derivable from it can be determined by similarly well-understood processes of contextual delimitation (in
the expression [w·d,olt'ok.Sbo¯t`], the interpretation ‘you (pl)’ is required for consistency with the
cooccurring morpheme /ol/ ‘all’, whereas in the expression [hclp.jasclf], the interpretation ‘you (sg)’ is
required for consistency with the cooccurring word yourself).
On the other hand, even though the morph [ju:] ‘ewe’ has the same phonological form as the
morpheme /ju:/ ‘you’, it is not derivable from that morpheme, because the relation between ‘ewe’ and
‘you’ is not systematic semantically. Similarly, even though the morph [òo¯] ‘you (sg)’ has the same
semantic form (in those dialects in which that morph occurs) as the morph [ju:] ‘you (sg)’, it is not
derivable from the morpheme underlying the latter morph, because the relation between [thou] and /ju:/
is not systematic phonologically. We conclude that /ju:/ ‘you’, /ju:/ ‘ewe’, and /òo¯/ ‘you (sg)’ are
distinct morphemes in English. Henceforth, whenever neither the exact phonological nor the exact
semantic form of a morpheme is at issue, we represent it by its ordinary spelling in italics, for example
no for [no:] ‘no’, you for /ju:/ ‘you’, ewe for /ju:/ ‘ewe’, and thou for ‘you (sg)’.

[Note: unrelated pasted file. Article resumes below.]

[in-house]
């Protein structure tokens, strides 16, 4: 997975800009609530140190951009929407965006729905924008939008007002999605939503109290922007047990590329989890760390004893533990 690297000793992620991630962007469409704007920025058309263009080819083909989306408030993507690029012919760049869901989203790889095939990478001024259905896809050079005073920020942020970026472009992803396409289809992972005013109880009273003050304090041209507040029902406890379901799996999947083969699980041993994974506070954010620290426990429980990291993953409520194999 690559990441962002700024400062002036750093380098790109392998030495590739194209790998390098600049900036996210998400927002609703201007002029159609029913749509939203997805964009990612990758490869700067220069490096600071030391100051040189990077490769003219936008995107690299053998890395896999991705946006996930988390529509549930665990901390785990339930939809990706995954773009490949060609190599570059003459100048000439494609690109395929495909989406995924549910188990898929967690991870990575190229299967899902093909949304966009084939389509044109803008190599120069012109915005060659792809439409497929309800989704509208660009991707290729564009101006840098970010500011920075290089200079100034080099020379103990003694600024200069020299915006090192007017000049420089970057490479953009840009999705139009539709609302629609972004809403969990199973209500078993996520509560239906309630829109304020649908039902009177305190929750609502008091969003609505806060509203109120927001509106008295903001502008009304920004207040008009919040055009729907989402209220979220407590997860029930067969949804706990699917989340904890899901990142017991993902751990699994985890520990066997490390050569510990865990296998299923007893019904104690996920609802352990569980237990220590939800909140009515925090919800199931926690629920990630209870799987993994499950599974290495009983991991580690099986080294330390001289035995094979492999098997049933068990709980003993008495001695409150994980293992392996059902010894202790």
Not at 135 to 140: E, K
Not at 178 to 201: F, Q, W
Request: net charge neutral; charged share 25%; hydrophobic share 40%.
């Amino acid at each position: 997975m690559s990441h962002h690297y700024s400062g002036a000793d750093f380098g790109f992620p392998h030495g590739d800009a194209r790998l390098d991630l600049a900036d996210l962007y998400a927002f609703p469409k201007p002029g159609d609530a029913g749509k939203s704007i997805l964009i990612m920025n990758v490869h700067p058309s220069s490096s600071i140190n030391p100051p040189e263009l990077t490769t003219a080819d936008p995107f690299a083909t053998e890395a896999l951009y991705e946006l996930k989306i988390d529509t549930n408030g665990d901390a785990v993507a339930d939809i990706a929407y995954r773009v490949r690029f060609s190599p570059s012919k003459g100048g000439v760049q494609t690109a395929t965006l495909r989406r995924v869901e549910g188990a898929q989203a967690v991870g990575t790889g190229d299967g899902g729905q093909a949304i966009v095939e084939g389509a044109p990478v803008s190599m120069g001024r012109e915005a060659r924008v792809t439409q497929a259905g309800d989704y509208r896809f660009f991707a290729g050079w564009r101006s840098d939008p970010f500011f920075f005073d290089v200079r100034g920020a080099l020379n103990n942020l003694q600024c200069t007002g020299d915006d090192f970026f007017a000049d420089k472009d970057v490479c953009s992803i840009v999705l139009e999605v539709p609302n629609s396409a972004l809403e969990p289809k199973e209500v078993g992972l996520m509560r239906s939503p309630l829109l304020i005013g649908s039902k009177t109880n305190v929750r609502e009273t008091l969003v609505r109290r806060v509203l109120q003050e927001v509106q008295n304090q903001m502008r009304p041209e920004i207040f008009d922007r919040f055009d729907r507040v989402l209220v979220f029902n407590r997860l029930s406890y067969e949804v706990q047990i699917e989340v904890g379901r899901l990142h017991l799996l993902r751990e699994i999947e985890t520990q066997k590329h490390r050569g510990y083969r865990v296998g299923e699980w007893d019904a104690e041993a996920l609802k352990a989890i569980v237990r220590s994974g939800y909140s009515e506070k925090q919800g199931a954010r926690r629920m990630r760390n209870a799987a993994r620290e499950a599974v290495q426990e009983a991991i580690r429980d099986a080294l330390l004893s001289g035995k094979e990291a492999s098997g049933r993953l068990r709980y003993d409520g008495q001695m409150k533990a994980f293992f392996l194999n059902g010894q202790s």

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4. The Lexicon
The particular pairings of expression and meaning represented by individual morphemes have to be
learned individually. The totality of all the pairings in a language that must be individually learned is
known as its LEXICON, and its individual members are called LEXEMES (or LEXICAL ITEMS). The
lexemes of a language consists of all of its morphemes together with those combinations of lexemes
whose meaning or expression cannot be systematically determined from the lexemes of which it is
comprised. For example, the meanings of the word unusual and of the phrase touch base cannot be
systematically determined from the meanings of their constituent lexemes; hence those combinations are
also English lexemes. Similarly, the word went is an English lexeme, even if it is analyzed as containing
the two lexemes /go:/ ‘go’ and /d/ ‘in the past’; although its semantic form can be predicted from that
combination, its phonological form cannot be. (Compare the word planned, consisting of the lexemes
/plæn/ ‘plan’ and /d/ ‘in the past’, which is not an English lexeme, since both its phonological and
semantic forms are derivable from those of its component lexemes.)
5. Morphology and Syntax
The vast majority of the pairings of expression and meaning represented by combinations of lexemes,
whether these pairings are words, phrases, or sentences, do not have to be learned, because they can
be systematically determined from the lexemes of which they are composed and the way they are
combined and arranged. For example, the expression and meaning of the sentence What did you all
talk about? can be can be determined from the expression and meaning of the individual lexemes
about, all, did, talk, what, and you, and the way they are combined and arranged. The importance of
how the component lexemes are combined and arranged can be seen from the fact that when they enter
into other combinations or are rearranged, the result is always a different expression, which may have an